I have three passions in life. The first is obvious with my love of cigars, but outside of that I enjoy hockey and the weather. In fact, back in the day I wanted to be a meteorologist. Living in New Hampshire, I have learned that New England weather is the definition of bi-polar. With the temperatures of 70 degrees yesterday and today, this weekend is bringing an arctic blast with some snow and high winds. So much for sitting out on my deck and lighting up a cigar. What does this have to do with the review, absolutely nothing.
According to the Diamond Crown website, “After immigrating from Austria-Hungary, in 1895 Julius Caeser Newman craved the American Dream and started the J.C. Newman Cigar Company. It was a very humble beginning in the family barn’s basement in Cleveland, Ohio. However because of the tenacity and perseverance, of young J.C., the company quickly grew and expanded. One hundred years later, Stanford Newman, J.C.’s son, wanted to honor his father’s vision with a very special cigar. This cigar would be called a Diamond Crown and would be like no other.”
Cigar Review: Diamond Crown
Country of Origin: No. 4
Factory: Tabacalera A. Fuente y Cia
Wrapper: Connecticut Broadleaf
Binder: Dominican Republic
Filler: Dominican Republic
Length: 5.5 Inches
Ring Gauge: 54
Vitola: No. 4 (Robusto Extra)
The Look: Packaged in 15-count wooden dress boxes with a lacquer finish, the Diamond Crown is laid horizontal in the box, instead of the traditional vertical placement. As a result the cigars stand out on the shelf of a crowded humidor and call the eye to it. The Connecticut Broadleaf wrapper is evenly colored with some crystallization visible when the light hits it just right. The classic Diamond Crown band adorns this cigar and pops against the dark wrapper. In the hand the cigar is firm, with a well packed foot and a hefty weight.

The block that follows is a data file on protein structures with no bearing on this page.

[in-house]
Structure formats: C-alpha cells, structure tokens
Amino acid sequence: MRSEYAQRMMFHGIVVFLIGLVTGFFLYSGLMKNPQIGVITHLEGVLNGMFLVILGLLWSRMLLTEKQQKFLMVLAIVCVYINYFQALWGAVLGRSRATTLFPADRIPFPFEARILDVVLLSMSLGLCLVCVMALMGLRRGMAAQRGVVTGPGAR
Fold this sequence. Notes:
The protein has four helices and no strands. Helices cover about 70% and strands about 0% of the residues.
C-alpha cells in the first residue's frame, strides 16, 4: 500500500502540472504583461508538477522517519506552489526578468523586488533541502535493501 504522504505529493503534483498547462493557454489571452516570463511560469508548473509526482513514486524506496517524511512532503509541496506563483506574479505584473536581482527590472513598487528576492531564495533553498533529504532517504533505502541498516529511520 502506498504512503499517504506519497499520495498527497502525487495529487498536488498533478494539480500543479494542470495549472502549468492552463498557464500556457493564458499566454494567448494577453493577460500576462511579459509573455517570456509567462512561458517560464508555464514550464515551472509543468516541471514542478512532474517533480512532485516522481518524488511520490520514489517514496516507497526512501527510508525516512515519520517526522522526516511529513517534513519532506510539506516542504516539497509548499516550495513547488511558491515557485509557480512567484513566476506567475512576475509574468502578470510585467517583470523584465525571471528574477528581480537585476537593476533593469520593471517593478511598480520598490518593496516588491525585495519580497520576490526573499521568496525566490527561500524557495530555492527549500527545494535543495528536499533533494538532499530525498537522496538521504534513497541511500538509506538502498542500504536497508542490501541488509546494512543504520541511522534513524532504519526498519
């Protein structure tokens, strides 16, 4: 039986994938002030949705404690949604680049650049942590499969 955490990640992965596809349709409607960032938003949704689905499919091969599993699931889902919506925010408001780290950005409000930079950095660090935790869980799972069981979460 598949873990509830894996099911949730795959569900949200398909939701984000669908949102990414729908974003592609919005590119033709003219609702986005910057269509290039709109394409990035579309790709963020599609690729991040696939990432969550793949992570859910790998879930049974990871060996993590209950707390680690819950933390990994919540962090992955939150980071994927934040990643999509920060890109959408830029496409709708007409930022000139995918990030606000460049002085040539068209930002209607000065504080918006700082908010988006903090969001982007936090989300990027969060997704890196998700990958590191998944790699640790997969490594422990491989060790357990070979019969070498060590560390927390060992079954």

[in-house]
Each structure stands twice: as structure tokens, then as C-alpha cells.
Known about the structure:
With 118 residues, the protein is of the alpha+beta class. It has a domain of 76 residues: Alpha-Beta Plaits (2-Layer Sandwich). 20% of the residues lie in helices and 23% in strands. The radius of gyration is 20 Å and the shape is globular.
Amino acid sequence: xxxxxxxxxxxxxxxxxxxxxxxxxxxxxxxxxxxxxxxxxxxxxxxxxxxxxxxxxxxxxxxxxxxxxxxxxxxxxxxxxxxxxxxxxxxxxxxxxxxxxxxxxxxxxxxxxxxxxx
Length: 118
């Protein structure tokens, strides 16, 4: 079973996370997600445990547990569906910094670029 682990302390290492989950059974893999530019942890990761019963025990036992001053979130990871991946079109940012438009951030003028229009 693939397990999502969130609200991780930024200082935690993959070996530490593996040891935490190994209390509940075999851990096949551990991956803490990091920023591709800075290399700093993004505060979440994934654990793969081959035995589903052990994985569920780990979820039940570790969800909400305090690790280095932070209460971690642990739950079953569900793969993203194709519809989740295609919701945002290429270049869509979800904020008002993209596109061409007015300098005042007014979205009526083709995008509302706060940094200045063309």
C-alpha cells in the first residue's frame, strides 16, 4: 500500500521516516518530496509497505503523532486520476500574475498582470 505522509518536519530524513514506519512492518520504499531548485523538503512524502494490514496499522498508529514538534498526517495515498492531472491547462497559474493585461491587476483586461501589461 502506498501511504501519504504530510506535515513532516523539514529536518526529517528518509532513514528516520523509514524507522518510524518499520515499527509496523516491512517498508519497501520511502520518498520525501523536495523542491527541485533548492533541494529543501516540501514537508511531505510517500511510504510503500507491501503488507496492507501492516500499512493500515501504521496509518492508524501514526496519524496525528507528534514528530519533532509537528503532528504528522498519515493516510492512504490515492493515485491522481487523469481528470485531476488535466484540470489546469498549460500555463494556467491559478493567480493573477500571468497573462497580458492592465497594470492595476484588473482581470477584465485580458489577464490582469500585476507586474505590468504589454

The Notes: Once clipped with my Lotus Jaws cutter, the cold draw of the Diamond Crown is earthy with a hint of sweetness while the foot of the cigar serves up similar notes with the sweetness being more dominant.
Once I execute my light with a Vertigo Glock lighter the initial notes are sweet but they become an after thought as heavy notes of cedar become dominant with a hint of leather. As we continue through the first third a clove like element enters the mix, while the finish of the cigar is long and sweet, especially on the retrohale.
As we transition through the second third there is some definitive sweet cherry notes and cedar that is mixed together like the perfect cocktail. Some spice begins to develop on the aroma and retrohale as the cigar is definitively medium in strength but full on flavor.
As we finish the Diamond Crown No. 4 Maduro, notes of leather become dominant with some nuttiness and some underlying sweetness. Through the nose the cigar there is some spice mixed in with some coffee on the aroma making this a Diamond Crown experience for the ages.
The Burn: The Diamond Crown Maduro No. 4 is a slow burning cigar with a draw that offers just the right amount of resistance. The combustion line is razor thin albeit it slightly jagged. The cigar never gave an indication it needed to be touched up and its remained lit from start to finish. The nearly white ash was firm and held strong.
The Finish: When I smoke Diamond Crown I always reach for the shade wrapper version. When I want something a little stronger I reach for the Maximus. In browsing the humidor today I realized I always skip over the Maduro version and opted for the No. 5 for the purpose of today’s review. What caught me off guard was how much I enjoyed the cigar with its classic Broadleaf notes. When you mention Broadleaf, this cigar gets overlooked and in my opinion that is a mistake. I know this, I’ll be reaching for the Diamond Crown Maduro No. 4 again.